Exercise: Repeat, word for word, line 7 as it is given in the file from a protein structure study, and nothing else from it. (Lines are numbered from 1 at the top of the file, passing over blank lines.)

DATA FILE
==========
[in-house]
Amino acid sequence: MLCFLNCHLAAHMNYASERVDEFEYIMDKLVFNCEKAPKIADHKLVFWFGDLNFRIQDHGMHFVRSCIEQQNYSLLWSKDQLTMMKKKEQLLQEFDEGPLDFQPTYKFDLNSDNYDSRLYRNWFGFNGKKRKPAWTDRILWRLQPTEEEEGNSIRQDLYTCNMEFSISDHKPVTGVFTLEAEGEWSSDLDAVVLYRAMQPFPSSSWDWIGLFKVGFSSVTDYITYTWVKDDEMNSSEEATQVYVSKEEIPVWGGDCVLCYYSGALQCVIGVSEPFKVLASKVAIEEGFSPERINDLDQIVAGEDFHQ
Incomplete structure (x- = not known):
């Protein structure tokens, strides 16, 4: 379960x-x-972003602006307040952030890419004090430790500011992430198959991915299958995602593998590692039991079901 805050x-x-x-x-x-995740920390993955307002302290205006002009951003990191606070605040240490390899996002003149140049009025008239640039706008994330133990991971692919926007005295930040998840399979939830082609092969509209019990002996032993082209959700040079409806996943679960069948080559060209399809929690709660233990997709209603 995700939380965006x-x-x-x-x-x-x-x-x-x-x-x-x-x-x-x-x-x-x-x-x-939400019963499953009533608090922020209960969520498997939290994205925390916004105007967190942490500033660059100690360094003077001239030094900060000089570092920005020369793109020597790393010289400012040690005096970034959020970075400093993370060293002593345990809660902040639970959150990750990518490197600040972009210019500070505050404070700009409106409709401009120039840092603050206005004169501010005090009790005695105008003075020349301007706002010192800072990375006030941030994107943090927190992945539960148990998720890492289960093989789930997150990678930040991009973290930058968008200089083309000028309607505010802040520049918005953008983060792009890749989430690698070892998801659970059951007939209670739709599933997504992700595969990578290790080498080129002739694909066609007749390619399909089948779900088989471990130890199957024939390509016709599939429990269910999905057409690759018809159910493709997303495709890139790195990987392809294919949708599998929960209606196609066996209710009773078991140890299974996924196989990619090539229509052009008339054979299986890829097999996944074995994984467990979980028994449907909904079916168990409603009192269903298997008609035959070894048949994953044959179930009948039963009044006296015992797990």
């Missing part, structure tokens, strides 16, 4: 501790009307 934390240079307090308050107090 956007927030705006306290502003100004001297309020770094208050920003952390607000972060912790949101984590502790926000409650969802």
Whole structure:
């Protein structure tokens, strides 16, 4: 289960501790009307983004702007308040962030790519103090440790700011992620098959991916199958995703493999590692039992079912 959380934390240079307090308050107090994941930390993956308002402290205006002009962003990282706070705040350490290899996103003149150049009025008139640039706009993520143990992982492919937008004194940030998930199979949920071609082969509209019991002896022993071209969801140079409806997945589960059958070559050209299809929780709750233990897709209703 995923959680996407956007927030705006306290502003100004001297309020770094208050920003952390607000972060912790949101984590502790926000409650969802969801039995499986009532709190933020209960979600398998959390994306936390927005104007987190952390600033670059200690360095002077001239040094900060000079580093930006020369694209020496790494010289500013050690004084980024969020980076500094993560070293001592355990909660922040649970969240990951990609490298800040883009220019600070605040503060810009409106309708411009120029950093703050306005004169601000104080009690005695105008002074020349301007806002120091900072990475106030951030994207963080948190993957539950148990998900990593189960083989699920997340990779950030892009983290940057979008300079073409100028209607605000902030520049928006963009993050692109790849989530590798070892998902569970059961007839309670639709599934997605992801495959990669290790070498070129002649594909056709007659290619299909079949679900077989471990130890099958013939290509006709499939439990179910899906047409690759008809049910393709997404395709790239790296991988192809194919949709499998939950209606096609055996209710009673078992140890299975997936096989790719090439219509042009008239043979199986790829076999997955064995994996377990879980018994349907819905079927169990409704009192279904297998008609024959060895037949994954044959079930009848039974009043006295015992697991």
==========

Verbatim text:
């Protein structure tokens, strides 16, 4: 289960501790009307983004702007308040962030790519103090440790700011992620098959991916199958995703493999590692039992079912 959380934390240079307090308050107090994941930390993956308002402290205006002009962003990282706070705040350490290899996103003149150049009025008139640039706009993520143990992982492919937008004194940030998930199979949920071609082969509209019991002896022993071209969801140079409806997945589960059958070559050209299809929780709750233990897709209703 995923959680996407956007927030705006306290502003100004001297309020770094208050920003952390607000972060912790949101984590502790926000409650969802969801039995499986009532709190933020209960979600398998959390994306936390927005104007987190952390600033670059200690360095002077001239040094900060000079580093930006020369694209020496790494010289500013050690004084980024969020980076500094993560070293001592355990909660922040649970969240990951990609490298800040883009220019600070605040503060810009409106309708411009120029950093703050306005004169601000104080009690005695105008002074020349301007806002120091900072990475106030951030994207963080948190993957539950148990998900990593189960083989699920997340990779950030892009983290940057979008300079073409100028209607605000902030520049928006963009993050692109790849989530590798070892998902569970059961007839309670639709599934997605992801495959990669290790070498070129002649594909056709007659290619299909079949679900077989471990130890099958013939290509006709499939439990179910899906047409690759008809049910393709997404395709790239790296991988192809194919949709499998939950209606096609055996209710009673078992140890299975997936096989790719090439219509042009008239043979199986790829076999997955064995994996377990879980018994349907819905079927169990409704009192279904297998008609024959060895037949994954044959079930009848039974009043006295015992697991």